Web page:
Read This Book: Valiant Comics Resurrects “The Harbinger”

Valiant Comics, you are a delight.

See, I never read Valiant growing up. I’ve discussed my reasons for this multiple times in previous columns, so I won’t bother rehashing those reasons now, but I will say that the more I read from Valiant’s current crop of books, the more I wish I had paid attention to what they were doing all those many long years ago.

You see, Valiant is now, and in many ways always has been, a comic company for people who love comics. They were not big and flashy like Image, or old guards like Marvel and DC. They were a small, unassuming company that did their best to put out a steady, consistent string of titles that, while not always as beautifully drawn as Image books, were much, much more better written.

In fact, you could say that ’90’s Image is what you get when you let artists create books, and Valiant is what you get with writers and editors.

Valiant has closed it’s doors and reopened them a few times in the last few decades, and each time they find a way to claw their way back to the shelves. They continue to put out a solid string of well written titles, and honestly some of my favorite books the last few years have been from them, especially their relaunch of XO and the current run of Shadowman.

So it only makes sense for me to once again dive into the well of Valiant history with their latest relaunch, The Harbinger, a series that I again know absolutely nothing about, but am eager to see if it will catch my attention and imagination like so many other titles from them have before.

So let’s dive in!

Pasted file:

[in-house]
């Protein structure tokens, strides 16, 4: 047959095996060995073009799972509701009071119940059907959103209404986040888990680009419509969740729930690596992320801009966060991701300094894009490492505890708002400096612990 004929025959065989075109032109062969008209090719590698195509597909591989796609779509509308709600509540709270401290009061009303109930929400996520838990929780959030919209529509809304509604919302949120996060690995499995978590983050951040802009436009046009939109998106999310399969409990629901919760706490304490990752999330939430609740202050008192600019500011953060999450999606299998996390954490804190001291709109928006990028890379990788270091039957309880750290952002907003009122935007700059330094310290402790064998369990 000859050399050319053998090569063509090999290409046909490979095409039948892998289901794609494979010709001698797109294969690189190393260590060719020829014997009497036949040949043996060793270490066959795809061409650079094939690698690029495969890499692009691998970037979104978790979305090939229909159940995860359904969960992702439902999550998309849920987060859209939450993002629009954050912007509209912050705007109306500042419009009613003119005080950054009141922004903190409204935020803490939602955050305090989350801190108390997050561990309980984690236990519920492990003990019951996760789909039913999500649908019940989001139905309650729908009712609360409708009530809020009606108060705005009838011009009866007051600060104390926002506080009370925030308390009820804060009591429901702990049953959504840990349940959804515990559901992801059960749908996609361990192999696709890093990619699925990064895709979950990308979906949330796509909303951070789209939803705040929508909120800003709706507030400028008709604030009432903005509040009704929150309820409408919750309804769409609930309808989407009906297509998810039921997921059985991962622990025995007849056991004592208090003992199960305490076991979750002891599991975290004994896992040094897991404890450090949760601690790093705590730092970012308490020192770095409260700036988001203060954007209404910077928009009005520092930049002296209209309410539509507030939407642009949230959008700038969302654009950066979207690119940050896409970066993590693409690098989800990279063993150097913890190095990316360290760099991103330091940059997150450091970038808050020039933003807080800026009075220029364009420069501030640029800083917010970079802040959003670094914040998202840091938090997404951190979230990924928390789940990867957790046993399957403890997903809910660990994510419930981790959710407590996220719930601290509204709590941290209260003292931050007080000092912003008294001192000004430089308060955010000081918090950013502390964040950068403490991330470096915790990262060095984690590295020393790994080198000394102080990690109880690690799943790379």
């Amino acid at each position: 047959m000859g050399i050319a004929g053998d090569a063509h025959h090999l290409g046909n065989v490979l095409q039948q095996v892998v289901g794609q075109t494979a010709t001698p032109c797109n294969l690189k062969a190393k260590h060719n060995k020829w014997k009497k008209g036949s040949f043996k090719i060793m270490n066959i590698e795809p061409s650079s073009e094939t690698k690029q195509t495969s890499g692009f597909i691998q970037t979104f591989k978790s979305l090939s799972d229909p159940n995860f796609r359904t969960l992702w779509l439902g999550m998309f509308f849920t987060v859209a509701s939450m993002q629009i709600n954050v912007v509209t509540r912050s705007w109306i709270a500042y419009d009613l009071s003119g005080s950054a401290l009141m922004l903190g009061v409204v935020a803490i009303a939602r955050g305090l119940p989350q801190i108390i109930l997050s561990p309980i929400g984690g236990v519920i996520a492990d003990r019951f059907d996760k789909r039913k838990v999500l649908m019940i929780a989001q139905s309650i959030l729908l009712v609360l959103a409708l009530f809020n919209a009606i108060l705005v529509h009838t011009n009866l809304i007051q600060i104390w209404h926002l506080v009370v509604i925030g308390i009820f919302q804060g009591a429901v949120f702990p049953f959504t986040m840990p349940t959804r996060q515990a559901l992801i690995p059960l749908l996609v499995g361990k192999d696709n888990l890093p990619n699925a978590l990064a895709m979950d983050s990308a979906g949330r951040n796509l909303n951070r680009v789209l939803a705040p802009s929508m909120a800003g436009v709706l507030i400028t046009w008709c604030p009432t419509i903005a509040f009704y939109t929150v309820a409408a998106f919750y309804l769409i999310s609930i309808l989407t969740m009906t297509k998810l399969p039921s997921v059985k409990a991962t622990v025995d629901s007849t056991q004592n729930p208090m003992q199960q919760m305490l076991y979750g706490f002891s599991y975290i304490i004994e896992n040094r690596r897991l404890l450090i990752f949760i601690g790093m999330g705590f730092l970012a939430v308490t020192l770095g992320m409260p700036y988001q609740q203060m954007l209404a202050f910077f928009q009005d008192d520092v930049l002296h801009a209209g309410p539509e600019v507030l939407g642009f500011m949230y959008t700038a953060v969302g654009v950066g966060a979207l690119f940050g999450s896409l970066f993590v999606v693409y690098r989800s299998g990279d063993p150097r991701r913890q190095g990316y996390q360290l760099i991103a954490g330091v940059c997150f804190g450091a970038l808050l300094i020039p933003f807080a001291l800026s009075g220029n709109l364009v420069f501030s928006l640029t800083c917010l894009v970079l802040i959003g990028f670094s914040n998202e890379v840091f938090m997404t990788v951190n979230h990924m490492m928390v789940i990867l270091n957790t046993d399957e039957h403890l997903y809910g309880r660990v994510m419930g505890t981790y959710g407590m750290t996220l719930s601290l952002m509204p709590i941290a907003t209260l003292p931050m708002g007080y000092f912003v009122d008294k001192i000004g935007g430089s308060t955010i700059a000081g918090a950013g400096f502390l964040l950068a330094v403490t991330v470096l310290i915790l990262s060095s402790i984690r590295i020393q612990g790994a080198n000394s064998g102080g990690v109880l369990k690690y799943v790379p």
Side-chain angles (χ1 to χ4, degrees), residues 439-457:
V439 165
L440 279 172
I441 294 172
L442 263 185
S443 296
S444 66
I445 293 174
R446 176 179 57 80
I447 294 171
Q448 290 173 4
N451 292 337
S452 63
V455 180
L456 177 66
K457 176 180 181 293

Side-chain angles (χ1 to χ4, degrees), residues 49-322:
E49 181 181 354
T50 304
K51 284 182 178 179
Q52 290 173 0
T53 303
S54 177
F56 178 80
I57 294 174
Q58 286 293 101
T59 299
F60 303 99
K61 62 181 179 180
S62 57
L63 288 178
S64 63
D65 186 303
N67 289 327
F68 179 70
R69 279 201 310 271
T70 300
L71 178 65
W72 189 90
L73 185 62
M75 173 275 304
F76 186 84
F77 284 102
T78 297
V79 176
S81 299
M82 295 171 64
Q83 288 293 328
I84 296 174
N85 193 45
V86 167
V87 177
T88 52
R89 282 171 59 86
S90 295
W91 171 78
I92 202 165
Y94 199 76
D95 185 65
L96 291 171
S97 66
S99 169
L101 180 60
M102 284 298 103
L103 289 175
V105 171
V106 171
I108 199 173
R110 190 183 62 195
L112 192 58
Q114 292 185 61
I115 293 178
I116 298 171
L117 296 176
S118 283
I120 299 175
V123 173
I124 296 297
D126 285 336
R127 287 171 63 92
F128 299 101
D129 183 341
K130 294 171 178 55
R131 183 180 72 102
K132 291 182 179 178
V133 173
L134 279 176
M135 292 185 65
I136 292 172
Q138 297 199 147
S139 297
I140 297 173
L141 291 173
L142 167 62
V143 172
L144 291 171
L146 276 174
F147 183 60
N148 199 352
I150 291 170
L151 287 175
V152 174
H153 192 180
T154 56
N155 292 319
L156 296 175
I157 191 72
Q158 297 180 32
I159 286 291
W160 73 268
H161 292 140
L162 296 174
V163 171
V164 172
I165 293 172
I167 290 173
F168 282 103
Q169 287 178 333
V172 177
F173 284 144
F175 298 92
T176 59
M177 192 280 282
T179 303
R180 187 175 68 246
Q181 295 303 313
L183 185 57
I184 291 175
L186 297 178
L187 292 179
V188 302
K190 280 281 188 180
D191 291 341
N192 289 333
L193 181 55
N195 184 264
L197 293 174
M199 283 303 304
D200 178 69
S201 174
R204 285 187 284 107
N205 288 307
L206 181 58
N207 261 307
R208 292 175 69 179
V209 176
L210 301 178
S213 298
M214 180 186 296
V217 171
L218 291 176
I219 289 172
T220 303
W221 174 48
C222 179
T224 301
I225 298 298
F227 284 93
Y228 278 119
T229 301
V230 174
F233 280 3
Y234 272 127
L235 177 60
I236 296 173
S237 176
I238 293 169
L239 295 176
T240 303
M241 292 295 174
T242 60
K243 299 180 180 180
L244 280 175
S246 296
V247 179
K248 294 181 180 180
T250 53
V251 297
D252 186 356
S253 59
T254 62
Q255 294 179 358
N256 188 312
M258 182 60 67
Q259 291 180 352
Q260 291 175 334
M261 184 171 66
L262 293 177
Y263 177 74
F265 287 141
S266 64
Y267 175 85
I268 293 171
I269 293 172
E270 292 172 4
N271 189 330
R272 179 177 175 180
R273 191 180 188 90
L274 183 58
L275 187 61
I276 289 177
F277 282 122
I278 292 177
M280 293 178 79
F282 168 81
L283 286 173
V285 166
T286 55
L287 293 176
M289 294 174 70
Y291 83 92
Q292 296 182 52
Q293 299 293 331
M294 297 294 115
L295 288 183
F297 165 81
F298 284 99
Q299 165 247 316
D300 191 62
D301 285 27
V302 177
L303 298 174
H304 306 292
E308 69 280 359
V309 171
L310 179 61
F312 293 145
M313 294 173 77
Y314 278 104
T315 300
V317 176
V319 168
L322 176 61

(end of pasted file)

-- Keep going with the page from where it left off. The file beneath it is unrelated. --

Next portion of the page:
Here’s the blurb: Co-written by JACKSON LANZING and COLLIN KELLY (Green Arrow, Gotham City Garage) and featuring art by ROBBI RODRIGUEZ (Spider-Gwen, Batgirl), the upcoming series introduces new readers to Peter Stanchek, the most powerful telepath on the planet, and the sole being capable of activating powers in others like him. THE HARBINGER will trace Peter’s path from the most feared man in the world to one of its greatest protectors. This character-driven journey will introduce new allies, new villains, new costumes, and a new meaning for the title of Harbinger.

I knew literally nothing about this character before I read The Harbinger; like, nothing. And after issue one, I certainly can’t claim to know a ton more, but I did like what I read.

Lanzing and Kelly have made a smart choice with The Harbinger by having Peter begin the book as an amnesiac, a trope I know has been done before, but as a way to introduce an established character it certainly beats some other, more heavy handed methods I have seen used before.

From what I’ve gathered, this Peter guy is pretty powerful, in fact, he’s possibly one of the most powerful characters in the Valiant universe. He has a variety of superpowers like flight, strength, mind control. He also has the power to unlock the potential power in others as well.

The problem is, someone else had that power too, and the people that they both helped to create went to war, and it ended poorly and at a high cost for everyone. Peter doesn’t know anything about this, and learns it all from a new friend who has a connection to Peter’s past that definitely has more details to reveal.

All in all, it was a good first issue. The art is very solid, with a lean and lanky style that is slightly reminiscent of Japanese Anime (or maybe I’ve just been rewatching too much Cowboy Bebop recently). The plot is interesting and the book is paced well. Best of all, the exposition dumps feel natural and not clunky or hamfisted.

For my money, The Harbinger is worth a read. Ask your LCS to carry it and pick up issue one. If you’ve been following Valiant’s return like I have, this is a book you don’t want to miss.

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